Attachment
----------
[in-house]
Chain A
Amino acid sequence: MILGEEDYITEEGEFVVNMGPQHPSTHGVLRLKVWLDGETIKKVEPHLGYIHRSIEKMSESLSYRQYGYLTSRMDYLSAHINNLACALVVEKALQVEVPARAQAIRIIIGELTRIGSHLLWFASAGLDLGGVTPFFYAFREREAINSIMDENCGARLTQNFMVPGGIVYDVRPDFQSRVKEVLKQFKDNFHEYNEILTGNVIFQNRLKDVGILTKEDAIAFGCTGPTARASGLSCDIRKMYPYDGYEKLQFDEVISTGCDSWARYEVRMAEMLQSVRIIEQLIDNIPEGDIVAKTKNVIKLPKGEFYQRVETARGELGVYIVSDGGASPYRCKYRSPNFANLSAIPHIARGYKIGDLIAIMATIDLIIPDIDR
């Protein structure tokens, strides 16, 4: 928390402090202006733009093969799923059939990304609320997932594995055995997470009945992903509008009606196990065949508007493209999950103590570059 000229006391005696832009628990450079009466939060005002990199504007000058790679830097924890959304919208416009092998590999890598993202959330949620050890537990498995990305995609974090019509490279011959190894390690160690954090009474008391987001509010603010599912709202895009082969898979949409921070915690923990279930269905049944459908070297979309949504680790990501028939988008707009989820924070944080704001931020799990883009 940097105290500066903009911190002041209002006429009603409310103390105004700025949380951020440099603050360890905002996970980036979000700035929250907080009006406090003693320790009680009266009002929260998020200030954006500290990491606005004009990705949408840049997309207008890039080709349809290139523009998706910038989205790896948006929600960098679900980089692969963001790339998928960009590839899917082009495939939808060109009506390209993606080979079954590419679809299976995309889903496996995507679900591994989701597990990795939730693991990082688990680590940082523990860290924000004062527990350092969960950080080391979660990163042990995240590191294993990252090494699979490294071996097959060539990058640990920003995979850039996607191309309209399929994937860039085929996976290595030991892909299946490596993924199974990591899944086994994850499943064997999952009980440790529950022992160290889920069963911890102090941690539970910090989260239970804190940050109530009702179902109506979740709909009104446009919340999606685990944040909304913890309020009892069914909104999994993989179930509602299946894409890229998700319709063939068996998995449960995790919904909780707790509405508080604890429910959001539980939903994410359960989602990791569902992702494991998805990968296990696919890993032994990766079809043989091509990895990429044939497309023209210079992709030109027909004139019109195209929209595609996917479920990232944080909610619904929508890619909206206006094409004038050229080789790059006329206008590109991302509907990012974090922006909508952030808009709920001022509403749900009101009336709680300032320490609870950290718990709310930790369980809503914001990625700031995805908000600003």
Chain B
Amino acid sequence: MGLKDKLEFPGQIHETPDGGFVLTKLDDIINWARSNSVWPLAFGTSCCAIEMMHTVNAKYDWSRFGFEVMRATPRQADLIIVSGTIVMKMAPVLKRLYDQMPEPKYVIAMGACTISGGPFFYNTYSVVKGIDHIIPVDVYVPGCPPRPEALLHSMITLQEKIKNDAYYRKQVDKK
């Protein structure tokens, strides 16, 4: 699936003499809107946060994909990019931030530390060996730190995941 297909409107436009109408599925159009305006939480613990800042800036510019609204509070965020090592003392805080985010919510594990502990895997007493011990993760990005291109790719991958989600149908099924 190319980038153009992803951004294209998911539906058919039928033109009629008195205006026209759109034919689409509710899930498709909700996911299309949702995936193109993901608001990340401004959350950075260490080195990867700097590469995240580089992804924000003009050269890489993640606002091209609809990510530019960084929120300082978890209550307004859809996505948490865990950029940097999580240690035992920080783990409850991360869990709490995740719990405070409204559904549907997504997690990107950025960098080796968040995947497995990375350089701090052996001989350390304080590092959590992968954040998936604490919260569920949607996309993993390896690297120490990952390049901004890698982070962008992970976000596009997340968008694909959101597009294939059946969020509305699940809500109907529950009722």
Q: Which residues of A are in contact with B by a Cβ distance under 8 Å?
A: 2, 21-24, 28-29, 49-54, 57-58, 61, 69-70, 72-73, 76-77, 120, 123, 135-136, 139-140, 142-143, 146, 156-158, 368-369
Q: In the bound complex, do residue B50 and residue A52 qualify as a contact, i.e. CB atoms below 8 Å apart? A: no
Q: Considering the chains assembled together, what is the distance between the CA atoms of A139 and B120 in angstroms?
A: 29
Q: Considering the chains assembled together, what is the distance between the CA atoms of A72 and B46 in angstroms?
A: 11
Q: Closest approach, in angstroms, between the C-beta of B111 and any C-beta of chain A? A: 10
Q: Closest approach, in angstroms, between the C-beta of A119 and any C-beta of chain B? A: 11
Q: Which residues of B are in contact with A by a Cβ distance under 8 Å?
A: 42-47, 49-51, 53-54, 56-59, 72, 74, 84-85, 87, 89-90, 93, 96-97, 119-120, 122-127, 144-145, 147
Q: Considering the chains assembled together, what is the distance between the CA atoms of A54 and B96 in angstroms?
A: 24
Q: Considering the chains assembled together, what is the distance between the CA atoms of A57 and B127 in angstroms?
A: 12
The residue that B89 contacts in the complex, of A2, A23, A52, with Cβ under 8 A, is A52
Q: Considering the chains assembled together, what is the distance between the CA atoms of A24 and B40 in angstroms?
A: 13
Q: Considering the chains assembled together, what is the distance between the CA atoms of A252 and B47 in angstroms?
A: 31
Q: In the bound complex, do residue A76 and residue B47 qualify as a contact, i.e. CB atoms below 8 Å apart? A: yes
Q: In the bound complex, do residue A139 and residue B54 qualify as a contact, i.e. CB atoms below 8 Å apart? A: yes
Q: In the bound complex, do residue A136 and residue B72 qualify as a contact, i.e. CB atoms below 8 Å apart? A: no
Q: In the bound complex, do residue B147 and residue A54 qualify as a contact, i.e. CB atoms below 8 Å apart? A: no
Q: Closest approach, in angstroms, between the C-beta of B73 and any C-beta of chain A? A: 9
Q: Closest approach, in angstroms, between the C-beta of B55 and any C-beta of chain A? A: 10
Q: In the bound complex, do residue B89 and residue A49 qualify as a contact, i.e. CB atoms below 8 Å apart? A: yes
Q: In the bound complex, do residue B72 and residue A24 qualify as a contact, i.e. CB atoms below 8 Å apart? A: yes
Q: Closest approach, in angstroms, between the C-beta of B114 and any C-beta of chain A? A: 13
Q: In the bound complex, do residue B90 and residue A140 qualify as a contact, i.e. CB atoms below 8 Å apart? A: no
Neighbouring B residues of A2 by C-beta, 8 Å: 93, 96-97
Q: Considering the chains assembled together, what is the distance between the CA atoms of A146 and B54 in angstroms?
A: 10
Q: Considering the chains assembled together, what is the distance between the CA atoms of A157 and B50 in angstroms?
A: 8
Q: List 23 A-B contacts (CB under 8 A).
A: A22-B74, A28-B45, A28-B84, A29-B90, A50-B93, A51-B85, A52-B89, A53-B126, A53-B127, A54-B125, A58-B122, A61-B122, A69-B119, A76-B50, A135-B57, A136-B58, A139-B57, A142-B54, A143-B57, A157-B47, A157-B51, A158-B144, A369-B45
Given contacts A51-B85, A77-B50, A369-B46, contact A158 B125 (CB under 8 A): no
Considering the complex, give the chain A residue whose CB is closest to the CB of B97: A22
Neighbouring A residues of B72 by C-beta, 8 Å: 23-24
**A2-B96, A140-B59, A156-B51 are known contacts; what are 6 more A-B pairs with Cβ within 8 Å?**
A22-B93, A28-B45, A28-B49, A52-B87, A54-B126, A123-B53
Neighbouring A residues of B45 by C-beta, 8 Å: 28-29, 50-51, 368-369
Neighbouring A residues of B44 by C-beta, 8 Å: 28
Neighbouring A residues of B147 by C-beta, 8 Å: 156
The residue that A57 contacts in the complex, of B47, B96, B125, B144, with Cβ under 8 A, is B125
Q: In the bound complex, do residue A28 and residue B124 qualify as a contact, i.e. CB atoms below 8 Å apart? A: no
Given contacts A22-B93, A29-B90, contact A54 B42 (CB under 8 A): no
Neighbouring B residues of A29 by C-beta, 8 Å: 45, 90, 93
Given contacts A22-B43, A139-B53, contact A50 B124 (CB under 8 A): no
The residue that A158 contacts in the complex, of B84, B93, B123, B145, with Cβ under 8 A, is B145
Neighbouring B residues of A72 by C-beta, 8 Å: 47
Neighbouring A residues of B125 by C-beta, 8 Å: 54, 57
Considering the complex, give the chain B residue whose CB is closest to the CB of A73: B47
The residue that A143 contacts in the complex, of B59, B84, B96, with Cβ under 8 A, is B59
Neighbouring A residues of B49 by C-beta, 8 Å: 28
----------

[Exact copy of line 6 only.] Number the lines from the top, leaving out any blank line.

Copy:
Amino acid sequence: MGLKDKLEFPGQIHETPDGGFVLTKLDDIINWARSNSVWPLAFGTSCCAIEMMHTVNAKYDWSRFGFEVMRATPRQADLIIVSGTIVMKMAPVLKRLYDQMPEPKYVIAMGACTISGGPFFYNTYSVVKGIDHIIPVDVYVPGCPPRPEALLHSMITLQEKIKNDAYYRKQVDKK